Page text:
Fianna Fáil Leader Micheál Martin TD has today written to An Taoiseach Enda Kenny TD following the conclusion of negotiations on the new EU Fiscal Treaty (The Treaty on Stability, Coordination and Governance in the Economic and Monetary Union).

Deputy Martin has sought clarity from the Taoiseach on six different issues:

 

 1.    Date of application of the debt brake / deficit rules to Ireland

Given that Ireland will remain in a Programme of Assistance with the EU and IMF until the end of 2013, the preamble makes it clear that the provisions of the Treaty will not apply to Ireland while it remains in the Programme.

Will the provisions of the Treaty apply to Ireland as soon as it leaves the Programme on 1 January 2014 or will the Treaty apply to Ireland on 1 January 2016?

 

 2.    Structural deficit limit of 0.5% of GDP

According to the Government’s Medium-Term Fiscal Statement 2012-2015 (published in November 2011), Ireland will have a structural deficit of 3.7% or €6.6 billion in nominal terms in 2015. This compares to a projected headline deficit of 2.9%. Under the Treaty, we are obliged to reduce the structural deficit to 0.5% of GDP. Therefore, under static conditions, the structural deficit must be reduced to €900m – a reduction of €5.7 billion – which is above and beyond the €8.6bn the Government has already committed to 2015 under the Programme.

Over what period of time will we have to bring about the reduction in the structural deficit to 0.5% of GDP? Article 3(1)(b) requires countries to ‘ensure rapid convergence’ towards the target. The Treaty states that the European Commission will propose the time frame for the achievement of the 0.5% deficit target. What will be the role of the Irish Government in agreeing this timeframe? Has the Department of Finance modelled a schedule to demonstrate how Ireland will reach this limit and over what timeframe?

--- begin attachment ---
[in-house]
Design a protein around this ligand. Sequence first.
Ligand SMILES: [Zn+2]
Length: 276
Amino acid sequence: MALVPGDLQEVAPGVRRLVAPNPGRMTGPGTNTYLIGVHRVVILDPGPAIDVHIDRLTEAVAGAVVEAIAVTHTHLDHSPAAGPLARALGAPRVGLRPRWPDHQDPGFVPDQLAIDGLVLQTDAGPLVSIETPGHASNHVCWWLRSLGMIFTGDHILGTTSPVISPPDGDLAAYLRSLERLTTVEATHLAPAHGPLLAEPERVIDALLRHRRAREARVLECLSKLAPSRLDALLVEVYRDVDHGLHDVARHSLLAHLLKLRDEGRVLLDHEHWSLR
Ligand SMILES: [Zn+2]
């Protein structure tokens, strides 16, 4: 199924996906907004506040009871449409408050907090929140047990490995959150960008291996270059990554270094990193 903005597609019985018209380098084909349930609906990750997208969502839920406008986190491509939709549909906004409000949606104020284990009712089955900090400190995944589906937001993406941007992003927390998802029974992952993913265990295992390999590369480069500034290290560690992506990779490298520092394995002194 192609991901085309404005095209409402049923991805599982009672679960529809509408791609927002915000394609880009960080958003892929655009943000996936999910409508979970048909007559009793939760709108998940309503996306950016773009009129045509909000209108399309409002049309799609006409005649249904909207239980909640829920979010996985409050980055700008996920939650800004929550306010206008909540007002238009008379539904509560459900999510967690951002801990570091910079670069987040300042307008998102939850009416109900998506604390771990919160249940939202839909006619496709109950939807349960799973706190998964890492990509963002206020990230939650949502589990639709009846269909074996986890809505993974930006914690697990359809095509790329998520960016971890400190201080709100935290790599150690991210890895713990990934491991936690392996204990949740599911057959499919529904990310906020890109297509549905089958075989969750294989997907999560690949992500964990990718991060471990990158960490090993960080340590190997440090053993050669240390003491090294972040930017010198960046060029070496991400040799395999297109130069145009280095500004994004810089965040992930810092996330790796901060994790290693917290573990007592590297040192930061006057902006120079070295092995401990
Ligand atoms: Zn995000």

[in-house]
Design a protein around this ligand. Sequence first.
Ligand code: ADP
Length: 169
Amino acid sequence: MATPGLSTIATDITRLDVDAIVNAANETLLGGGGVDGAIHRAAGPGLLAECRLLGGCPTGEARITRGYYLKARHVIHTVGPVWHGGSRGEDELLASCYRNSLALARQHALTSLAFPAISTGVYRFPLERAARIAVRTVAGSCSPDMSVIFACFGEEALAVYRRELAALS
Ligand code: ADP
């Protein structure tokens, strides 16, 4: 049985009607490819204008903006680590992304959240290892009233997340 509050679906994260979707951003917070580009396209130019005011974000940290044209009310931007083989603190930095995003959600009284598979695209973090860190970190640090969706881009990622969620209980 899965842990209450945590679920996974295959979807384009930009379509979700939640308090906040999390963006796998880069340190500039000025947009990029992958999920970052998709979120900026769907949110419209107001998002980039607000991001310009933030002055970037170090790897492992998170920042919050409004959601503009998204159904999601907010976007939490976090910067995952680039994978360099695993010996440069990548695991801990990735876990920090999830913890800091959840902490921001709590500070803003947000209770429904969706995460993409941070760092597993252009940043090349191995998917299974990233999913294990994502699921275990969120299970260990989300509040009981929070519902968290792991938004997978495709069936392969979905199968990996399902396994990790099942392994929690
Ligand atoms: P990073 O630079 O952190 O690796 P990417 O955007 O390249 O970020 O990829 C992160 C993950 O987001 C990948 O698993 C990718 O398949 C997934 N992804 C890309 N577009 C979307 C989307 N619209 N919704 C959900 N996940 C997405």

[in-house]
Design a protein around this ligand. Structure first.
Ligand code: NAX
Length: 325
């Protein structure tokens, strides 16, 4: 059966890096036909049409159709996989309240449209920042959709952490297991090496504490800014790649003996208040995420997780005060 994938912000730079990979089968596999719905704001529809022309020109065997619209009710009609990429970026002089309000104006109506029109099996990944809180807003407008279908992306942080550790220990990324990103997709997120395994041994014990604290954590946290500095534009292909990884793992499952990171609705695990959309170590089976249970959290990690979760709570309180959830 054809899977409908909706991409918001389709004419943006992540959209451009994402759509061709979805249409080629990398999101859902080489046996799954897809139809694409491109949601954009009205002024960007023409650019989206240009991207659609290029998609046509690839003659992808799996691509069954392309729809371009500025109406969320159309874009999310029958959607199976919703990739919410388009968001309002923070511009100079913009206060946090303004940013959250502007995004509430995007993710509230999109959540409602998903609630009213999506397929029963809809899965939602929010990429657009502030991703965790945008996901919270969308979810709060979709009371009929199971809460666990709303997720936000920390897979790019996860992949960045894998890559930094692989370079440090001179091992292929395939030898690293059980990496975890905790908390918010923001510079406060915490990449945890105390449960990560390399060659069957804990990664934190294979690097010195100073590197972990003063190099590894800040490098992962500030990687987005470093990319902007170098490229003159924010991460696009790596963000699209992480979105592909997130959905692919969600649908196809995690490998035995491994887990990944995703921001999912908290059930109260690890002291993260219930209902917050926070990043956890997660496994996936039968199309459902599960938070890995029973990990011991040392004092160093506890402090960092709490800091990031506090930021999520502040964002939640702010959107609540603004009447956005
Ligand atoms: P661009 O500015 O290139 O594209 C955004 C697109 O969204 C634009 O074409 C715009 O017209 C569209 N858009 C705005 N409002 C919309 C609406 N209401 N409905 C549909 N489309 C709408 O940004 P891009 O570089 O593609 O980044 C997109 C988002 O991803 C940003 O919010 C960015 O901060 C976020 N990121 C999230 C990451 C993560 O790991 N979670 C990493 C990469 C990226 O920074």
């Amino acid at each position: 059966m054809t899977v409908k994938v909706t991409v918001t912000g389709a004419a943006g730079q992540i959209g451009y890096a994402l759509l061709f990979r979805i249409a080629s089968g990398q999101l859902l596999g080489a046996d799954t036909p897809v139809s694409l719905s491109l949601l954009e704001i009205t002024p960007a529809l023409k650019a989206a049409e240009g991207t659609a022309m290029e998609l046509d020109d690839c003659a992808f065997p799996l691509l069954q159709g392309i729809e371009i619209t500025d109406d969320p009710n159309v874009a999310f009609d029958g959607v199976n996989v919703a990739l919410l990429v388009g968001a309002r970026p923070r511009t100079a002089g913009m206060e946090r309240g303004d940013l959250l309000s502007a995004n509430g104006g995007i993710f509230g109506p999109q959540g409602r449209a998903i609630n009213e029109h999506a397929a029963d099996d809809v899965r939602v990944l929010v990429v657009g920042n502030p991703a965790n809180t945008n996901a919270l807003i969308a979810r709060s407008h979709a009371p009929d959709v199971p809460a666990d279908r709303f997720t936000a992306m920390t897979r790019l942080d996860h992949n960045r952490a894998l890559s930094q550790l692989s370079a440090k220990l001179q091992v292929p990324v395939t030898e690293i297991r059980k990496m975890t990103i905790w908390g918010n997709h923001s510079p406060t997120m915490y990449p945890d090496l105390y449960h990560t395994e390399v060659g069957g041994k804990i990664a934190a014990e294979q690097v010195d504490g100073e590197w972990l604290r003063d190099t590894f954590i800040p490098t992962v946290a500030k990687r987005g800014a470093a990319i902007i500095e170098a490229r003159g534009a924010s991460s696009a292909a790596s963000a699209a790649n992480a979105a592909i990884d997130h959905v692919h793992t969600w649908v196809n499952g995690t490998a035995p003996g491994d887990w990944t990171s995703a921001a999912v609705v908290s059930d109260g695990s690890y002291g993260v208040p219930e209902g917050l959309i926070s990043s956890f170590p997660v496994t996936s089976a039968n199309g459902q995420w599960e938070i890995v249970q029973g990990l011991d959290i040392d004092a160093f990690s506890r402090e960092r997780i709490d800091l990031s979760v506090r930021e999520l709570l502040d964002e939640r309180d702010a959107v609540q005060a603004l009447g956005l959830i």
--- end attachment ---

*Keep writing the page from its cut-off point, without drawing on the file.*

3.    Continued funding for countries exiting a Programme

The two-page communiqué issued alongside the Treaty by euro area Member States reiterates the commitment made in the 21 July 2011 communiqué to continue to provide funding for countries exiting a Programme but who are unable to return to the markets.

Is this commitment to continued funding now also conditional on ratifying the Treaty, as is the case with access to ESM funds?

 

 4.    Application of the debt brake rule

The Treaty requires Ireland to reduce the amount by which its debt to GDP ratio exceeds 60% by one twentieth each year.

Under current growth assumptions, the Government’s Medium-Term Fiscal Statement 2012-2015 estimates that the debt to GDP ratio will peak at 118% in 2013. The requirement to reduce the excess by one twentieth per annum would necessitate a reduction of c3% in the debt to GDP ratio on an annual basis. Clearly, the easiest way of achieving this is to grow the economy.

Has the Department of Finance carried out an assessment of the impact on Ireland of the application of this debt brake rule?

Can the Department make available its model showing how this target can be achieved for Ireland, including the assumptions for growth, deficit and general government debt levels, over the 20 year period?

 

 5.    The “Permanent” Provision

What is the government’s understanding of a “permanent” provision relating to the debt break in the context of the requirement that no law may be put beyond amendment?  As part of this, what does the government view as the legal implications of the fact that this is an inter-governmental treaty as opposed to an EU treaty and, therefore, does not have the protection of Article 29?

 

 6.    Protecting Ireland’s Protocols

Outline what the Government has done to ensure that the previous protocol attached to the Lisbon treaty safeguarding Ireland’s Corporation Tax Rate etc. will be attached to this treaty also.